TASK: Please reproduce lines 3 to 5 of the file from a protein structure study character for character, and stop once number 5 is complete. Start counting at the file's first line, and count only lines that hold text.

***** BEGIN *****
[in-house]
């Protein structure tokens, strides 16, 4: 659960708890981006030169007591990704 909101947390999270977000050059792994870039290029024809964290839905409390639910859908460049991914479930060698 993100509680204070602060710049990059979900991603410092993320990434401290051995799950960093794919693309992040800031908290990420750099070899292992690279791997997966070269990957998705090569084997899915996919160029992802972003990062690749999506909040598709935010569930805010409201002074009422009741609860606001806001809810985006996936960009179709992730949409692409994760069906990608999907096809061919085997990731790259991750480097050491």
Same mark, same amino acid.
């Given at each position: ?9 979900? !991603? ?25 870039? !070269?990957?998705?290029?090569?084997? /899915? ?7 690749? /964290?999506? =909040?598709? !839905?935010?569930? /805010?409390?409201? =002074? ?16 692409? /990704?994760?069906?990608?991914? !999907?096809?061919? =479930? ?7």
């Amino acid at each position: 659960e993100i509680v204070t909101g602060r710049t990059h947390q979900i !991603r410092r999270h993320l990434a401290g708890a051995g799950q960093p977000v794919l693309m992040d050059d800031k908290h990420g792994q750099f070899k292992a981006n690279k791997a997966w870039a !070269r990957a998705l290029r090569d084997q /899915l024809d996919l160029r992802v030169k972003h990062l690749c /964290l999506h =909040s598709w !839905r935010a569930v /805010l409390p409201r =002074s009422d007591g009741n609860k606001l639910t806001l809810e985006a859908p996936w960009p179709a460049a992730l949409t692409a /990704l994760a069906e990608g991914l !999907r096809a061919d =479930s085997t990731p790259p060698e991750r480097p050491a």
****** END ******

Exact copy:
Same mark, same amino acid.
């Given at each position: ?9 979900? !991603? ?25 870039? !070269?990957?998705?290029?090569?084997? /899915? ?7 690749? /964290?999506? =909040?598709? !839905?935010?569930? /805010?409390?409201? =002074? ?16 692409? /990704?994760?069906?990608?991914? !999907?096809?061919? =479930? ?7």
């Amino acid at each position: 659960e993100i509680v204070t909101g602060r710049t990059h947390q979900i !991603r410092r999270h993320l990434a401290g708890a051995g799950q960093p977000v794919l693309m992040d050059d800031k908290h990420g792994q750099f070899k292992a981006n690279k791997a997966w870039a !070269r990957a998705l290029r090569d084997q /899915l024809d996919l160029r992802v030169k972003h990062l690749c /964290l999506h =909040s598709w !839905r935010a569930v /805010l409390p409201r =002074s009422d007591g009741n609860k606001l639910t806001l809810e985006a859908p996936w960009p179709a460049a992730l949409t692409a /990704l994760a069906e990608g991914l !999907r096809a061919d =479930s085997t990731p790259p060698e991750r480097p050491a």